Abstract| Volume 16, ISSUE 1, P115, January 2023

Measuring inhibitory engrams in memory storage and recall using concurrent tDCS-fMRI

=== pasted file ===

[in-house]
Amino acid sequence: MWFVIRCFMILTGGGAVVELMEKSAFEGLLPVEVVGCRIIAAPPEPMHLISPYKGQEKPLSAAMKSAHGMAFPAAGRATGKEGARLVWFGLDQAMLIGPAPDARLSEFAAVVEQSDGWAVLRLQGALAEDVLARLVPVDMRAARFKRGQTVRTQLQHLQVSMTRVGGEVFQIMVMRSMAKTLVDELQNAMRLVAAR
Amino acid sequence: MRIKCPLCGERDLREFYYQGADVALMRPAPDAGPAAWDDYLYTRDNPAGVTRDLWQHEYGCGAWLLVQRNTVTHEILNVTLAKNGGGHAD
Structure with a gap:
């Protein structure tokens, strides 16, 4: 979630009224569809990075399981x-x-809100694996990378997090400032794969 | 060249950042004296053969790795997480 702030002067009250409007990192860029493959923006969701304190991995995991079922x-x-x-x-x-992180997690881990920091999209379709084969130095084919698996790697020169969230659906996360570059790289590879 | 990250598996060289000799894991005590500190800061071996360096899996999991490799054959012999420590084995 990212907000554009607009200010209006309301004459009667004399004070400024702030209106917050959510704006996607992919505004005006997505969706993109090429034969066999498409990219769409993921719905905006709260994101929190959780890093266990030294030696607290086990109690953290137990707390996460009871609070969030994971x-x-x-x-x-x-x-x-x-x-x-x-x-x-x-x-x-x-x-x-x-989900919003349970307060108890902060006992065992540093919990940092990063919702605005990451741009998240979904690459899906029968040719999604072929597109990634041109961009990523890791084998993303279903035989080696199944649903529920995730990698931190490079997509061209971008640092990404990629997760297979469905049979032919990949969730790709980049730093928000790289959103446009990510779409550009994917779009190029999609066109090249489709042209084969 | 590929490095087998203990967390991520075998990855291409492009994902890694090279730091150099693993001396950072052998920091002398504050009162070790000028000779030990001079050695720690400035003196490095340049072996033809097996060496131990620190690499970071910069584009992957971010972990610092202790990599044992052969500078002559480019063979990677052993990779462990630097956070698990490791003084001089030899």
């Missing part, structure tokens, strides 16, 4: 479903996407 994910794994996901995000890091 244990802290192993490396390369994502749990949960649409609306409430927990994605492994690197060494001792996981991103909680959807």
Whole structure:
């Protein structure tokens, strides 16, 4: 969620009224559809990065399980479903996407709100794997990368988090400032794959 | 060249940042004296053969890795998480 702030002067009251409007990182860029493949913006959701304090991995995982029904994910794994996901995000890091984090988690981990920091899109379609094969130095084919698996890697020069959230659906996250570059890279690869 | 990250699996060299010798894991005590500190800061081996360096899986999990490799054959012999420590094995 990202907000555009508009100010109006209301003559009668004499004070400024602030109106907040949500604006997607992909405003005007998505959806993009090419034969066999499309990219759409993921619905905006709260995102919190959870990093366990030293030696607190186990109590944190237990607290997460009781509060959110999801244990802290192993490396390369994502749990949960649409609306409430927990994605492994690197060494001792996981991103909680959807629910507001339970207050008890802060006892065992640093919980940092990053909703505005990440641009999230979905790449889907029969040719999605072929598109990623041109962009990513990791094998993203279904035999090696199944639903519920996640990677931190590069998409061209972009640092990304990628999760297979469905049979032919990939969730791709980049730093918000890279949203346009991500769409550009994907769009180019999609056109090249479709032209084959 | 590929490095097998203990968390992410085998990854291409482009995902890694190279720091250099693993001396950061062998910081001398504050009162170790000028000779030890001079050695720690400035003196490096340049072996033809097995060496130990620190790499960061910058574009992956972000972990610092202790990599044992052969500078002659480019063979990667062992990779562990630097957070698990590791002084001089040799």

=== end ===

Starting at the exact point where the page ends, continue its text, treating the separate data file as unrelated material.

Memories are thought to be represented in the brain by activity in groups of neurons described as memory engrams. Although memory engrams are typically thought to be made up of excitatory neurons, several recent studies suggest that inhibitory neurons also play a critical role. Indeed, by matching their excitatory counterparts, selective inhibitory interneurons may facilitate a stable storage system that allows memories to lie quiescent unless the balance between excitation and inhibition is perturbed. Here I will present a set of studies that show evidence for selective neocortical inhibition in the human brain using ultra-high field 7T MRI and concurrent non-invasive brain stimulation. I will show that matched excitatory-inhibitory engrams provide a stable storage mechanism for neocortical associations, and protect memories from interference. I will then show how neocortical memory engrams interact with brain regions such as the hippocampus during recall, to selectively perturb excitatory-inhibitory balance. To conclude, I will discuss how concurrent MRI and non-invasive brain stimulation can be used as a tool to demonstrate the importance of neural inhibition for computations that underlie higher-order cognition.